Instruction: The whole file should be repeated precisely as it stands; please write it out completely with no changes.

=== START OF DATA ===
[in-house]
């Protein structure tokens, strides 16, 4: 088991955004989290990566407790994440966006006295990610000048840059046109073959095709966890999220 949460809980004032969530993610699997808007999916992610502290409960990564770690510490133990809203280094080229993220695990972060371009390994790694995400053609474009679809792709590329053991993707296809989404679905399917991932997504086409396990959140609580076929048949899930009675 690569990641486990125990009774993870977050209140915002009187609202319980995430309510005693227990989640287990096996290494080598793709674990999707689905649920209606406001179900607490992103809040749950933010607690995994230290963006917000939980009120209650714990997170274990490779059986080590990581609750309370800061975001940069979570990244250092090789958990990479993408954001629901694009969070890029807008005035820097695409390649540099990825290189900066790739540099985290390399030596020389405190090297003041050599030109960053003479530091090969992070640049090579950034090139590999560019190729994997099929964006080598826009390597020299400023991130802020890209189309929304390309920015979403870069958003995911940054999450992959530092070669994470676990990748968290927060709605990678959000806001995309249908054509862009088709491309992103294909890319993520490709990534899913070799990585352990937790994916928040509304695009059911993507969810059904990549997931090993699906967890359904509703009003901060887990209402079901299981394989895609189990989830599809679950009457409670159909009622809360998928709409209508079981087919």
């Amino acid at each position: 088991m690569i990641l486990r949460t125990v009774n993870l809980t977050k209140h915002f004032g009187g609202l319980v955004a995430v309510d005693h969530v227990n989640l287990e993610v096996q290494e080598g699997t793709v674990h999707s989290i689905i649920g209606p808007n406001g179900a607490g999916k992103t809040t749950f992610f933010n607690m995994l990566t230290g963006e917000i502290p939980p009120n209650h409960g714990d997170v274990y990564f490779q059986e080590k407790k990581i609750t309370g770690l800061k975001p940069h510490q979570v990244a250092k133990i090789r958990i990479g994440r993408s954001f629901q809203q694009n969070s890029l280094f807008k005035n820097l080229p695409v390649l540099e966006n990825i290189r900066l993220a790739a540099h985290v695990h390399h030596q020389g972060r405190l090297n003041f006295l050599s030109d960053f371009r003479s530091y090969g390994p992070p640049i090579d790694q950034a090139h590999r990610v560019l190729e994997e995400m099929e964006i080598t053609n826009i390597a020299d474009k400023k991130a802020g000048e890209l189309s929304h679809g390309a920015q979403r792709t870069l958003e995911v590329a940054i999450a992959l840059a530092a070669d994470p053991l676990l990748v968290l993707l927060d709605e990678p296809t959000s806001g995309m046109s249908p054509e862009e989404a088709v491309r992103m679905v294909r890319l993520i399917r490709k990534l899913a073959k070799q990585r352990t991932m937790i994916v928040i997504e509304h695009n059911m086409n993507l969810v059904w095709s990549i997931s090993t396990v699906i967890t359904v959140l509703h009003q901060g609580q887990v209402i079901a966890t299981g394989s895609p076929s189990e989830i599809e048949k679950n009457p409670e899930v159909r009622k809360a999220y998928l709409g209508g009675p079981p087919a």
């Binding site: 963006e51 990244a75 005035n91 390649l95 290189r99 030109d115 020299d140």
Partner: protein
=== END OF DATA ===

[in-house]
């Protein structure tokens, strides 16, 4: 088991955004989290990566407790994440966006006295990610000048840059046109073959095709966890999220 949460809980004032969530993610699997808007999916992610502290409960990564770690510490133990809203280094080229993220695990972060371009390994790694995400053609474009679809792709590329053991993707296809989404679905399917991932997504086409396990959140609580076929048949899930009675 690569990641486990125990009774993870977050209140915002009187609202319980995430309510005693227990989640287990096996290494080598793709674990999707689905649920209606406001179900607490992103809040749950933010607690995994230290963006917000939980009120209650714990997170274990490779059986080590990581609750309370800061975001940069979570990244250092090789958990990479993408954001629901694009969070890029807008005035820097695409390649540099990825290189900066790739540099985290390399030596020389405190090297003041050599030109960053003479530091090969992070640049090579950034090139590999560019190729994997099929964006080598826009390597020299400023991130802020890209189309929304390309920015979403870069958003995911940054999450992959530092070669994470676990990748968290927060709605990678959000806001995309249908054509862009088709491309992103294909890319993520490709990534899913070799990585352990937790994916928040509304695009059911993507969810059904990549997931090993699906967890359904509703009003901060887990209402079901299981394989895609189990989830599809679950009457409670159909009622809360998928709409209508079981087919």
């Amino acid at each position: 088991m690569i990641l486990r949460t125990v009774n993870l809980t977050k209140h915002f004032g009187g609202l319980v955004a995430v309510d005693h969530v227990n989640l287990e993610v096996q290494e080598g699997t793709v674990h999707s989290i689905i649920g209606p808007n406001g179900a607490g999916k992103t809040t749950f992610f933010n607690m995994l990566t230290g963006e917000i502290p939980p009120n209650h409960g714990d997170v274990y990564f490779q059986e080590k407790k990581i609750t309370g770690l800061k975001p940069h510490q979570v990244a250092k133990i090789r958990i990479g994440r993408s954001f629901q809203q694009n969070s890029l280094f807008k005035n820097l080229p695409v390649l540099e966006n990825i290189r900066l993220a790739a540099h985290v695990h390399h030596q020389g972060r405190l090297n003041f006295l050599s030109d960053f371009r003479s530091y090969g390994p992070p640049i090579d790694q950034a090139h590999r990610v560019l190729e994997e995400m099929e964006i080598t053609n826009i390597a020299d474009k400023k991130a802020g000048e890209l189309s929304h679809g390309a920015q979403r792709t870069l958003e995911v590329a940054i999450a992959l840059a530092a070669d994470p053991l676990l990748v968290l993707l927060d709605e990678p296809t959000s806001g995309m046109s249908p054509e862009e989404a088709v491309r992103m679905v294909r890319l993520i399917r490709k990534l899913a073959k070799q990585r352990t991932m937790i994916v928040i997504e509304h695009n059911m086409n993507l969810v059904w095709s990549i997931s090993t396990v699906i967890t359904v959140l509703h009003q901060g609580q887990v209402i079901a966890t299981g394989s895609p076929s189990e989830i599809e048949k679950n009457p409670e899930v159909r009622k809360a999220y998928l709409g209508g009675p079981p087919a």
């Binding site: 963006e51 990244a75 005035n91 390649l95 290189r99 030109d115 020299d140």
Partner: protein